Have you ever dreamed of starting your own longarm quilting business? Sometimes, it helps to hear from a voice of experience. We’ve had fun talking to Jill of Darling Jill Quilts about her longarm quilting and how she turned her hobby into a business.
What machine do you quilt on and how long have you been in the business of quilting for others?
I started out quilting on a Viking Mega Quilter that I purchased several years ago when I realized that I really enjoyed making quilts, but didn't enjoy the process of quilting a larger quilt on my domestic machine. The purchase was an impulse purchase. The setup was on sale at a local dealer during a quilt show weekend and the price was just over $3,000.
When I had the opportunity to quilt for some friends who were writing a book, I decided that I should start a quilting business the right way with the goal to be upgrading my machine and frame set up. In 2011, Darling Jill Quilts was “born” and the book was also published.
In April, I figured that I was getting a sufficient amount of quilts in and I applied for and was approved for financing for a HandiQuilter Avante. That showed up the end of April and I got it up and running in May. I am completely amazed at how much easier it is to quilt with a higher-quality machine. I've been in business around two years.
What would you say is the average startup cost of a longarm quilting business?
I think that the startup costs depend on a few different things. I had a lot of the items needed for the quilting business before I actually quilted anything for someone else because I used it all for my own quilts. I would assume that most longarmers would have their own quilting frame setup before decided that they wanted to start quilting for others. And the frame and quilting machine are the biggest cost associated with a quilting business.
I think that if I was starting out without anything, I could have easily spent $15,000 on the frame and machine; the thread, pantographs, needles and other supplies for the machine; business license and tax information (depending on the area and state); legal information and tax preparation; batting inventory; and advertising. I know there are more expenses, but this is what comes to mind.
As it was, I didn't spend more than $500 when I actually started charging for quilting for others.
What are some things you've learned about quilting for customers? What factors does someone need to consider before diving in?
I think the biggest lesson is that not everyone pieces the same way and that is okay. There are always techniques that can be used to fix any issues on a quilt top or backing without the fix standing out. Having the patience to figure out the correct fix is a necessity as well.
I've also had to learn to not make promises that I can't keep from due dates on quilts to quilting designs.
I think that having a thicker skin is needed as well.
It's nice when the customer can give some suggestions. Quite a few people send me quilts and say, "Just do whatever," and that has made it a little tough to make a decision on quilting designs. I might like the design and they might not. I tend to come up with an idea and run it past them before quilting anything. I think that the ones who have a more specific idea of what they want are a little easier to please because we can come up with a plan together and it takes the guesswork out of play.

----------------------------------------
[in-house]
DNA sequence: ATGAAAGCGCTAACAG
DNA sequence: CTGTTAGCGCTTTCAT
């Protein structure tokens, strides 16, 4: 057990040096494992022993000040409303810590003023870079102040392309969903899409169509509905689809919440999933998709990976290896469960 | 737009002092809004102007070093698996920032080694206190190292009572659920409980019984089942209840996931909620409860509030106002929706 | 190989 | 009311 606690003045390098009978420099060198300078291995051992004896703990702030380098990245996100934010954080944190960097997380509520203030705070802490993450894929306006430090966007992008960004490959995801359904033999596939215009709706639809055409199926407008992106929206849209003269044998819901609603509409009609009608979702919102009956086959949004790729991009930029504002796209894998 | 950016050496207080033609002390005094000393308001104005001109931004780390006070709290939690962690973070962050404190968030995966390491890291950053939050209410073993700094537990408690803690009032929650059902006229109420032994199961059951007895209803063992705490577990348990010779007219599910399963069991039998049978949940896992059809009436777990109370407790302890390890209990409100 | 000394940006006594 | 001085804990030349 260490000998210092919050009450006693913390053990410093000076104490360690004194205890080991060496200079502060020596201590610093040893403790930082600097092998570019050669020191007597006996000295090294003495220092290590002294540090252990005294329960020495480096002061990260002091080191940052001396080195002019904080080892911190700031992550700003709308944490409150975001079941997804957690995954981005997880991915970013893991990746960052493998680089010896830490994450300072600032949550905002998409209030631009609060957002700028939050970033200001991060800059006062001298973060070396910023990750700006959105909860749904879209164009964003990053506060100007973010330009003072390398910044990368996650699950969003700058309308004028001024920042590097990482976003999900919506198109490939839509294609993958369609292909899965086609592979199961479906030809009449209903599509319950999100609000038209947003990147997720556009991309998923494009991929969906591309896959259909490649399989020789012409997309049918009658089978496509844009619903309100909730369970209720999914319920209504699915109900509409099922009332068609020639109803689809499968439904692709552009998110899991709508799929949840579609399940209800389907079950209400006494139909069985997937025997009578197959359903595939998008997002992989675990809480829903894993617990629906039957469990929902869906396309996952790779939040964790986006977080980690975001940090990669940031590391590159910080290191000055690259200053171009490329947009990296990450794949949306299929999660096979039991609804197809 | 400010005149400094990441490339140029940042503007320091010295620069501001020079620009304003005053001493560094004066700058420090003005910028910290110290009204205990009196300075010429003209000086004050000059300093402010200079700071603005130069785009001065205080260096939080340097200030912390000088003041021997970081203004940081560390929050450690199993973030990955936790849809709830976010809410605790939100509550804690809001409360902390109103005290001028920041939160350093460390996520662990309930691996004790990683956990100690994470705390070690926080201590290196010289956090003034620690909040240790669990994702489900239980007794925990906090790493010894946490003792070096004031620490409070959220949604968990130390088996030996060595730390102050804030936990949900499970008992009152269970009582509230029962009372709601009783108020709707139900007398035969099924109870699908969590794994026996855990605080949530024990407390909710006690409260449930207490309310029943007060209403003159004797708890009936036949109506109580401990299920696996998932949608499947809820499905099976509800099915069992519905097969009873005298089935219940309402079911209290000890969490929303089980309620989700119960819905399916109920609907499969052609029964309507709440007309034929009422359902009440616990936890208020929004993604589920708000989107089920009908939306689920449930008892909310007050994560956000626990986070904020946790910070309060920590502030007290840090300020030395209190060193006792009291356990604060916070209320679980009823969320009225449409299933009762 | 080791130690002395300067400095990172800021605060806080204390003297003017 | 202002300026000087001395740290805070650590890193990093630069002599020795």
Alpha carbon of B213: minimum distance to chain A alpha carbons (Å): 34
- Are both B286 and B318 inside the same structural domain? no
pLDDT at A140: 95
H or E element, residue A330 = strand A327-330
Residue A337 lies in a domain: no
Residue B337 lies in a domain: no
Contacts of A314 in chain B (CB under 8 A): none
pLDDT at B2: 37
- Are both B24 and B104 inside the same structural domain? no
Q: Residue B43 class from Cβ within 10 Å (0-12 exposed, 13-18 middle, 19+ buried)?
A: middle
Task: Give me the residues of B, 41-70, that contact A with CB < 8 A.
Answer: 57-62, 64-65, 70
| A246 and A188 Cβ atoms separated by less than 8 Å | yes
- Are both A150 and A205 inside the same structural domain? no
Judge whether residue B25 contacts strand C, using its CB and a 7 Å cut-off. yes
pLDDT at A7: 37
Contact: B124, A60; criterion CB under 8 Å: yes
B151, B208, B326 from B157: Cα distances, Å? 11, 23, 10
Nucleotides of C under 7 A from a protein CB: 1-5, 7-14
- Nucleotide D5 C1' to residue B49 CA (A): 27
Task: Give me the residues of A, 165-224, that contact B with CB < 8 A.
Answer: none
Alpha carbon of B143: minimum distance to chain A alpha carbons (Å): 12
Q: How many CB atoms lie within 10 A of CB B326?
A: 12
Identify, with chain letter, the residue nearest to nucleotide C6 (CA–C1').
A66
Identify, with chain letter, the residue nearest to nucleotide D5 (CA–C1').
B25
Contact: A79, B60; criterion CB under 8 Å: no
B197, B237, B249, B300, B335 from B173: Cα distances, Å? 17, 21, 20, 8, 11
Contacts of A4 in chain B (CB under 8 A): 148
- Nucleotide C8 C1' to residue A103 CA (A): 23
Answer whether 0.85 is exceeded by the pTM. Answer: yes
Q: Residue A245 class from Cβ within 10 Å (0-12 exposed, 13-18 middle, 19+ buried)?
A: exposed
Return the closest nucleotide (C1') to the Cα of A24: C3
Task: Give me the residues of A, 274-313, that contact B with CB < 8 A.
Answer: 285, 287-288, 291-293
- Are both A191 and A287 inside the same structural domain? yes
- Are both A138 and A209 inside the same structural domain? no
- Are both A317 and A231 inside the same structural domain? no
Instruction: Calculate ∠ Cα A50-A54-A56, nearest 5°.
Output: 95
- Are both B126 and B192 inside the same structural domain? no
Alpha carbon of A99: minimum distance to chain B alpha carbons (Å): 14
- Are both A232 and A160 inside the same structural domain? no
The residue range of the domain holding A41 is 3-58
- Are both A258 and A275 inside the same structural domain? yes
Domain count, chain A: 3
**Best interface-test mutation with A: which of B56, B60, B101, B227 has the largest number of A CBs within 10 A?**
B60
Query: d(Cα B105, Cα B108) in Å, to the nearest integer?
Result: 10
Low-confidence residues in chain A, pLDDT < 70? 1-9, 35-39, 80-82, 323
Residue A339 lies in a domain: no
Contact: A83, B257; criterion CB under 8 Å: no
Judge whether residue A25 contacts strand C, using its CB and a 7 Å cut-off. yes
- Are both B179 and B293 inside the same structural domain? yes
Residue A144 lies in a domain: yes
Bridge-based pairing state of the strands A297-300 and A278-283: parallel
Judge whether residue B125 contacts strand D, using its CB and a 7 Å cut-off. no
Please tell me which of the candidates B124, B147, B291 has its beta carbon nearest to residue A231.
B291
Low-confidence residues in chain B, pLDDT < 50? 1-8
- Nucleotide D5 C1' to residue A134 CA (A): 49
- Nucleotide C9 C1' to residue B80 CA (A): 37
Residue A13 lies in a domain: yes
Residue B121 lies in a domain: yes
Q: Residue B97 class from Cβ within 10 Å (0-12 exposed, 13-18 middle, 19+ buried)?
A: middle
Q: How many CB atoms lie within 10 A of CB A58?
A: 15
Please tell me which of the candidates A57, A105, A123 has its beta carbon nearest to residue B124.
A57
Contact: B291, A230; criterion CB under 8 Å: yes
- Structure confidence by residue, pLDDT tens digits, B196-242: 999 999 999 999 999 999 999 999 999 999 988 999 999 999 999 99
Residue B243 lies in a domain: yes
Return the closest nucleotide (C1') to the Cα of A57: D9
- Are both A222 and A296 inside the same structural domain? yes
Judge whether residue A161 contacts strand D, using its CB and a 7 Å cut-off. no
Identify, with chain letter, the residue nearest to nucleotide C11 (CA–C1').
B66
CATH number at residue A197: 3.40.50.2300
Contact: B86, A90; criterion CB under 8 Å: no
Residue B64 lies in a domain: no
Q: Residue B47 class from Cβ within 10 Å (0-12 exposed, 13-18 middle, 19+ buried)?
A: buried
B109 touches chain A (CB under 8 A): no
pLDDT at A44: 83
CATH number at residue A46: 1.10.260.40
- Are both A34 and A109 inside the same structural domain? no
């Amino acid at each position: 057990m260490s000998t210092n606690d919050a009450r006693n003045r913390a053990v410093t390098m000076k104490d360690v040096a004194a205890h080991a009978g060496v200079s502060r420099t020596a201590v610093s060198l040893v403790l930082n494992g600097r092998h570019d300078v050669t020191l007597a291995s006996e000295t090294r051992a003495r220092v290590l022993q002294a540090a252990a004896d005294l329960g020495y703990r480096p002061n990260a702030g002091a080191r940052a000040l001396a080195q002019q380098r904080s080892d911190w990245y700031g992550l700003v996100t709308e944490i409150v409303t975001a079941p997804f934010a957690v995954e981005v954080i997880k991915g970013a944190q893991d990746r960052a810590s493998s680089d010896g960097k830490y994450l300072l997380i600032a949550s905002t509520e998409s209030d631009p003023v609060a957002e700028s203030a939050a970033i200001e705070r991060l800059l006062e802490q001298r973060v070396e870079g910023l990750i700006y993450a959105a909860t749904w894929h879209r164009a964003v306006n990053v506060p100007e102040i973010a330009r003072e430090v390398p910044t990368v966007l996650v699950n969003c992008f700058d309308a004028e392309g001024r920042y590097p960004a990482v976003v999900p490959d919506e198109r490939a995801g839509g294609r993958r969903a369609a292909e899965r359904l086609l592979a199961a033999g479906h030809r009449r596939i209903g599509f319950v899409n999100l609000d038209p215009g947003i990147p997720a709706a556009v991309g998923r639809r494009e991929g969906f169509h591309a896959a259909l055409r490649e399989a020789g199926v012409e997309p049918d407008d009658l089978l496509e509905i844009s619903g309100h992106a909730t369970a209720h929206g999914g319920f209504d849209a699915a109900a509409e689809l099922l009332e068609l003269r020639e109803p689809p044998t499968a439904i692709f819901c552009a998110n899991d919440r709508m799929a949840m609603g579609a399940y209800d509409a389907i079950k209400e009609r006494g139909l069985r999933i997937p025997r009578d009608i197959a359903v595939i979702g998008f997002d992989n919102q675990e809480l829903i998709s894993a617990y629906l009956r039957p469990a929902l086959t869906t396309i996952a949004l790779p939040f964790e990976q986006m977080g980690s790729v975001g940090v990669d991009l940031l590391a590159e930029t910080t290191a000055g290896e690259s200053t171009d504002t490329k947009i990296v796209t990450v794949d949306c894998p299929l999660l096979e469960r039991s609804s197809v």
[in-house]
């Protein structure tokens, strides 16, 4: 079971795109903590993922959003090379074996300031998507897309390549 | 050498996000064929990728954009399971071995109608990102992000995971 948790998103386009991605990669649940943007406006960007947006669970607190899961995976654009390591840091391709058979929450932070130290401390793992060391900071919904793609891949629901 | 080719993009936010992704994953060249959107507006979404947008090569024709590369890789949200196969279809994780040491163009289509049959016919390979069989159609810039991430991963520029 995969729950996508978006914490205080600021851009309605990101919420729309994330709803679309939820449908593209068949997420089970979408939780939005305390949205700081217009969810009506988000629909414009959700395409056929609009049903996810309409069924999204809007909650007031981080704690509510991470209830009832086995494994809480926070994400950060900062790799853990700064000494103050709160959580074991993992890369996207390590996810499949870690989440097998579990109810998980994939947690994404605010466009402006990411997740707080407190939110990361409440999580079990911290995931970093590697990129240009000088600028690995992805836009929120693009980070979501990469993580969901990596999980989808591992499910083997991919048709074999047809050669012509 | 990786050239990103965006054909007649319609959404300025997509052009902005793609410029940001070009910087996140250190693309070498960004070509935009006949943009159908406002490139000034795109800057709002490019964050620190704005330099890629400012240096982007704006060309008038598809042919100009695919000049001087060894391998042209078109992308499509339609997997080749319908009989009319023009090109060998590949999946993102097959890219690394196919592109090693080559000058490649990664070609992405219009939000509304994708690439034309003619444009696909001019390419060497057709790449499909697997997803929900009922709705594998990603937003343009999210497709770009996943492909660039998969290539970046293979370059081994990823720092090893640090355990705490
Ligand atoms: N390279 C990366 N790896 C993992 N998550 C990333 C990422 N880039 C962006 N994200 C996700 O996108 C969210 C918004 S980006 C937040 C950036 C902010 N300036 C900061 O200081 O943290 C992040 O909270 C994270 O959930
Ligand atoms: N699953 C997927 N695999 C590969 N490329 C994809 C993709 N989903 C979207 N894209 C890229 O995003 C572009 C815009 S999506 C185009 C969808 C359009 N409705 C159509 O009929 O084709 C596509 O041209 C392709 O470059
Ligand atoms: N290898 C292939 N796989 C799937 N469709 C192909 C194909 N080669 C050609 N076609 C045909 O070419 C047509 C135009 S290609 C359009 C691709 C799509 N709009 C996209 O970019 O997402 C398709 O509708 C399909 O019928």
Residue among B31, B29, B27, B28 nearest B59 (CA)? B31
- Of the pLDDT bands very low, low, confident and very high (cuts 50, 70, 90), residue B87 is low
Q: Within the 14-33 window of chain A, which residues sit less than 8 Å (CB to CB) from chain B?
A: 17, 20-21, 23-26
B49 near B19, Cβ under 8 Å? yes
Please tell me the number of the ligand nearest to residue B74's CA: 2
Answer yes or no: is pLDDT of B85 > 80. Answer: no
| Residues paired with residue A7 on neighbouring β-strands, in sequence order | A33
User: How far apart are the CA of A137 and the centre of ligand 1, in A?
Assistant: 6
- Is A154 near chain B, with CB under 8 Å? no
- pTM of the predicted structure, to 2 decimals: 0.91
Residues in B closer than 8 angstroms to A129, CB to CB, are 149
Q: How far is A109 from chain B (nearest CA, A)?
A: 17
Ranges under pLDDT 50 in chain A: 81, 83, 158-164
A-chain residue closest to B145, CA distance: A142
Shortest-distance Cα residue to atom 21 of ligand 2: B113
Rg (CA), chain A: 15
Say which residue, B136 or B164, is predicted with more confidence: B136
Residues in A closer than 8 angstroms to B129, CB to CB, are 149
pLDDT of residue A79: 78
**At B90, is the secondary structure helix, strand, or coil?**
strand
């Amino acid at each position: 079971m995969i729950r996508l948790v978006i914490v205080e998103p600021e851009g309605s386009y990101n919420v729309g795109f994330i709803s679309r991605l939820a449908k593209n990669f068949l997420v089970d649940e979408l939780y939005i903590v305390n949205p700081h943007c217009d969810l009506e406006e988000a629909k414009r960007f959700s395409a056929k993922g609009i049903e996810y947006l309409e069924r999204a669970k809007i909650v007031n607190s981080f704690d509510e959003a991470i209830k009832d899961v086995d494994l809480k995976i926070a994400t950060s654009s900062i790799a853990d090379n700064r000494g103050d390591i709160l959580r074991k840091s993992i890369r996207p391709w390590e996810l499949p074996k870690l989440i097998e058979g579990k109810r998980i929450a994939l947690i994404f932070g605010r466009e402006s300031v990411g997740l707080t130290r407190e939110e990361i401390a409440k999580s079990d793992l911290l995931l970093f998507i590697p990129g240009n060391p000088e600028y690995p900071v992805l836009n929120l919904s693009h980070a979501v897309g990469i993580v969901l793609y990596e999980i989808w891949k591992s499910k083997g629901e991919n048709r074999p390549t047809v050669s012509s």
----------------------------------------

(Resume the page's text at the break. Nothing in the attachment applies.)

I actually had someone pick a design and a thread color that she wanted and when I got the quilt, I was unsure about it, but it was what she wanted. The quilt turned out beautifully with her picks and she was very happy so I am glad that she thought outside the box. If I had picked a design, it might not have turned out quite so well.
How can someone starting a longarm quilting business decide what to charge?
I started out by going to a couple of shops in my area to see what they charged. I figured that overhead was figured into this price and I could afford to charge a little less. There are also a lot of local quilters in my area and I searched for their prices as well. I decided on a set price based on size that was lower than the shops and a few online quilters, but still what I feel my time is worth.
Once I started quilting, I had to add some prices for various items such as piecing a backing and hand stitching binding because I didn't even realize that it would be something that people might ask me to do.
I haven't changed my prices since starting out, but with the new machine I have wondered if it is time to change my price structure and prices slightly.
What have you learned by starting your longarm quilting business?
The only other thing is that I have learned that I will never be Angela Walters or many of the other longarmers who do amazing custom designs. I think that there is a lot of practice that goes into her quilting designs and plans, and it always turns out so beautifully. I hope that I can continue to grow as a quilter with the machine upgrade that I made, but I am not going to beat myself up if I don't get to that point quickly enough.
I think that anyone who is thinking about starting a long arm business needs to realize that there is a tremendous learning curve with the machine and the process of quilting on a frame that needs to be done before ever taking money for quilting. If you try to charge for quilting too soon, you could ruin your reputation as a longarmer with one bad experience. I think that I quilted for three or four years for myself and on charity quilts and close friends (not for pay) before I even really considered going the business route.
Be sure to visit Jill’s blog to keep up with her longarm quilting adventures. You might also enjoy this video with Angela Walters speaking about beginning a quilting business.
Have you ever dreamed about taking the leap to professional longarm quilting? What questions do you have about starting a longarm quilting business?